US giant Wal-Mart Stores, the world's largest discount store chain, will sell its South Korean business to local retail group Shinsegae for 825 billion won (US$874 million), officials said yesterday.
Shinsegae, which operates discount chain E-Mart as well as department stores, said it would buy all 16 outlets run by Wal-Mart in South Korea in a bid to expand its discount store business.
Under the deal, the stores will be absorbed by E-Mart and operate under the E-Mart brand name. The US chain has invested 812 billion won since it opened its first store in South Korea in 1998.
The deal, which requires government approval, came a month after French retail giant Carrefour sold its Korean unit to local clothing-maker and distribution group Eland for US$1.9 billion.
Shinsegae's stock rose 6.6 percent to 460,000 won as investors cheered its expansion drive while rival Lotte Shopping fell 4.6 percent to 17,500 won while the overall market was down 2.46 percent.
The retail firm is a part of the Samsung Group, South Korea's biggest conglomerate.
E-Mart said the deal would consolidate its leading position in the crowded domestic market where competition has forced the exit of foreign rivals.
As a result, E-Mart will increase the number of outlets to 102 including seven in China. E-Mart will absorb all 3,356 Korean workers hired by Wal-Mart.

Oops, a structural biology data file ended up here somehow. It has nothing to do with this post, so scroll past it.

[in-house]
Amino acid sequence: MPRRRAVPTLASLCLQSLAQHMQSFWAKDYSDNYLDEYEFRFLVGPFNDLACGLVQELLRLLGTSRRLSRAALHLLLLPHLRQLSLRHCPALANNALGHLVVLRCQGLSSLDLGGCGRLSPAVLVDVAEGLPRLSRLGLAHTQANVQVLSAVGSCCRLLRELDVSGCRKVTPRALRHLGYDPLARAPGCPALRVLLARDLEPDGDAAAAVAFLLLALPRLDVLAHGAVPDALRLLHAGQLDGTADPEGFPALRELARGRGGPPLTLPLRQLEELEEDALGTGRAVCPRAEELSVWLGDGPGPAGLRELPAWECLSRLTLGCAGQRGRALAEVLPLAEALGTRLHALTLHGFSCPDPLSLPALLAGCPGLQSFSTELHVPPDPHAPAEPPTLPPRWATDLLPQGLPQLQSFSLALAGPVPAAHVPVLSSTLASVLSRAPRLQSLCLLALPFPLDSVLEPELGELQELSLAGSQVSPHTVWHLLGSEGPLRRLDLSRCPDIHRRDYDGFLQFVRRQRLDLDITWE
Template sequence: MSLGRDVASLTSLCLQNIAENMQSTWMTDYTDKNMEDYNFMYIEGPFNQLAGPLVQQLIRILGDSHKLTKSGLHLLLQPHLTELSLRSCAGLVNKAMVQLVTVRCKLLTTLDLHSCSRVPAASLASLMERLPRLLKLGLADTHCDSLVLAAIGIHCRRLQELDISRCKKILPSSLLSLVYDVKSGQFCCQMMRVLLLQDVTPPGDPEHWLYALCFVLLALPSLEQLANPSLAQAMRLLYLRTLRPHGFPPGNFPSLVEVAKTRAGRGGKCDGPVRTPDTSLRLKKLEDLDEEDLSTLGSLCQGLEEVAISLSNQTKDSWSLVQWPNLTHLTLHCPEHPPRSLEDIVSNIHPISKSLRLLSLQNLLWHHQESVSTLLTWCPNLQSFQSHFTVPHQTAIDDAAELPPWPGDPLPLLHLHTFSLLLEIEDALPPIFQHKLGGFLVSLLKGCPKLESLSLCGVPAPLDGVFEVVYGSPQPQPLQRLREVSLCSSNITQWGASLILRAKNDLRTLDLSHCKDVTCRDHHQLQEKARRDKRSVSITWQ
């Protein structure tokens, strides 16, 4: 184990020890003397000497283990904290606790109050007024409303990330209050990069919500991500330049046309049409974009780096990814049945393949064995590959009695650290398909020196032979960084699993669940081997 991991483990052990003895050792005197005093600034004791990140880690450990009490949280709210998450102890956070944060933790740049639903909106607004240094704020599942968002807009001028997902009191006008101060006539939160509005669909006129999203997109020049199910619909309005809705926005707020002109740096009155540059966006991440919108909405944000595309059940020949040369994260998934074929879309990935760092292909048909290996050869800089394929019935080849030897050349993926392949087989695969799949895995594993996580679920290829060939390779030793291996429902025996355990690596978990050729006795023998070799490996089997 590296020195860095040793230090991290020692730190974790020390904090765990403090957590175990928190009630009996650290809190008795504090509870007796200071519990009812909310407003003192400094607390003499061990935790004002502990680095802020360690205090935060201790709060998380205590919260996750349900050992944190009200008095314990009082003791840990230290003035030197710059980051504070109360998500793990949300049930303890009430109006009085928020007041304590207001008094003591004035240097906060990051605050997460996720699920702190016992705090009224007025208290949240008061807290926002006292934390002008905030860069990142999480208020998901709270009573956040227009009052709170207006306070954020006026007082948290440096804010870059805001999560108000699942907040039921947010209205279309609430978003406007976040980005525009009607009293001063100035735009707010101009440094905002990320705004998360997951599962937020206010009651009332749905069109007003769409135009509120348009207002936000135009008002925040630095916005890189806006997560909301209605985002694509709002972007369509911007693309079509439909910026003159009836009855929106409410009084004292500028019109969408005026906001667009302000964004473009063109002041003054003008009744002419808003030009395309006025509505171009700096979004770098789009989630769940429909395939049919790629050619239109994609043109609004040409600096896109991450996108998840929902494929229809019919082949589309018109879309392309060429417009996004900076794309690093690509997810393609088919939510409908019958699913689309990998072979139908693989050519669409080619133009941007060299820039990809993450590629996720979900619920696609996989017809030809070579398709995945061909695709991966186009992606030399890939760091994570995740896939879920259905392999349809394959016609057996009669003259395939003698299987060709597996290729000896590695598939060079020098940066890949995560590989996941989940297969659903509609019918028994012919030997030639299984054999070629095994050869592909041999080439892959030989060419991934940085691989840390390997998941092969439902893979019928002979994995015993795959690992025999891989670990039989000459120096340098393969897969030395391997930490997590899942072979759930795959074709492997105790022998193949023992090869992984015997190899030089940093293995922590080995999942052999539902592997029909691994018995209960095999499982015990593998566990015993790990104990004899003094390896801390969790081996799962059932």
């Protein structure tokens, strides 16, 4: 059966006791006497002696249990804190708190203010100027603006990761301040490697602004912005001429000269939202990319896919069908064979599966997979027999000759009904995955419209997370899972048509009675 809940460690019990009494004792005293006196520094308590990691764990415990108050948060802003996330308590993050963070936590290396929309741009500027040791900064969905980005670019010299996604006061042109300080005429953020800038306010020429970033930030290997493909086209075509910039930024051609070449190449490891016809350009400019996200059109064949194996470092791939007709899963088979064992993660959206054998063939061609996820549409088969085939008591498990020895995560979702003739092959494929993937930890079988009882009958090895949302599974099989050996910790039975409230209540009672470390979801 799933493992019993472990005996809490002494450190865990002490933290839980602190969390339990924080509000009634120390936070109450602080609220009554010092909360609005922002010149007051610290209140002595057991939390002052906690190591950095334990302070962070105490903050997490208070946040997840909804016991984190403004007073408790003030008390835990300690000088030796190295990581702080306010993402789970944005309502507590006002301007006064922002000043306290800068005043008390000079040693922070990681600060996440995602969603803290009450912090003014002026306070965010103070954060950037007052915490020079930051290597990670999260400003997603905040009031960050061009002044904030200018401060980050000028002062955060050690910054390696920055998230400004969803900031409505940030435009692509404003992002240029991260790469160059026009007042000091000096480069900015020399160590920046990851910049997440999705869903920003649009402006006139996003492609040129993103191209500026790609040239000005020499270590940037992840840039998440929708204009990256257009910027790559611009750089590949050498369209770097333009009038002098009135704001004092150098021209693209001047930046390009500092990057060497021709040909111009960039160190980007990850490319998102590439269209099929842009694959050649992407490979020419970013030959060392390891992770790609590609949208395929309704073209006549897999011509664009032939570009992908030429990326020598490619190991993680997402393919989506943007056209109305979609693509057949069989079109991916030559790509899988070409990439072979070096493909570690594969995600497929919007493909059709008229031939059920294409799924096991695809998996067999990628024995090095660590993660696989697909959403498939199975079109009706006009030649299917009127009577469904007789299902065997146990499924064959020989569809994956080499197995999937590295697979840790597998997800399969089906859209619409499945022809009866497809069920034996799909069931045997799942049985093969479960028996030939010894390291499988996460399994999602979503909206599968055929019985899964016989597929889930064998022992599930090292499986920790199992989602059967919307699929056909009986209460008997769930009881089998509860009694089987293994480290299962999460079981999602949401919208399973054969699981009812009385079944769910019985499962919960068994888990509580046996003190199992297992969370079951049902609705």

"With the acquisition of Wal-Mart stores, we will secure the ground for our stable business at home. This will also help us step up our operations in China," Shinsegae president Koo Hak-seo told reporters.
E-Mart currently accounts for 34 percent of South Korea's discount store market.
Lotte Mart, a unit of Lotte Shopping, was second with 19 percent, followed by Samung Tesco Homeplus, a joint venture between Samsung Group and Britain's Tesco Plc and E-Mart, with 14 percent.
Homeplus overtook Carrefour as the country's third-largest discount store chain in 2003.
Wal-Mart entered South Korea in 1998, but its business here has been sluggish, posting a net loss of 9.9 billion won last year. Its market share last year stood at four percent.
Announcing its withdrawal earlier this year, Carrefour said it would shift its focus to China after 10 years of lackluster performance in South Korea.
After opening its first store in 1996, Carrefour Korea has invested some 1.5 trillion won over the past 10 years but had never managed to make real headway against its local rivals.
Wal-Mart also attributed its withdrawl from South Korea to competition and poor sales but vowed to maintain its procurement unit here for global sourcing.
The exit of Wal-Mart and Carrefour, the world's first and second largest retail groups, comes amid growing anti-foreign sentiment stirred by big profits some foreign investors have realized in recent years.
But Chung Sye-kyun, minister of commerce industry and energy, said South Korea welcomed foreign investment and was streamlining investment procedures in a bid to attract more.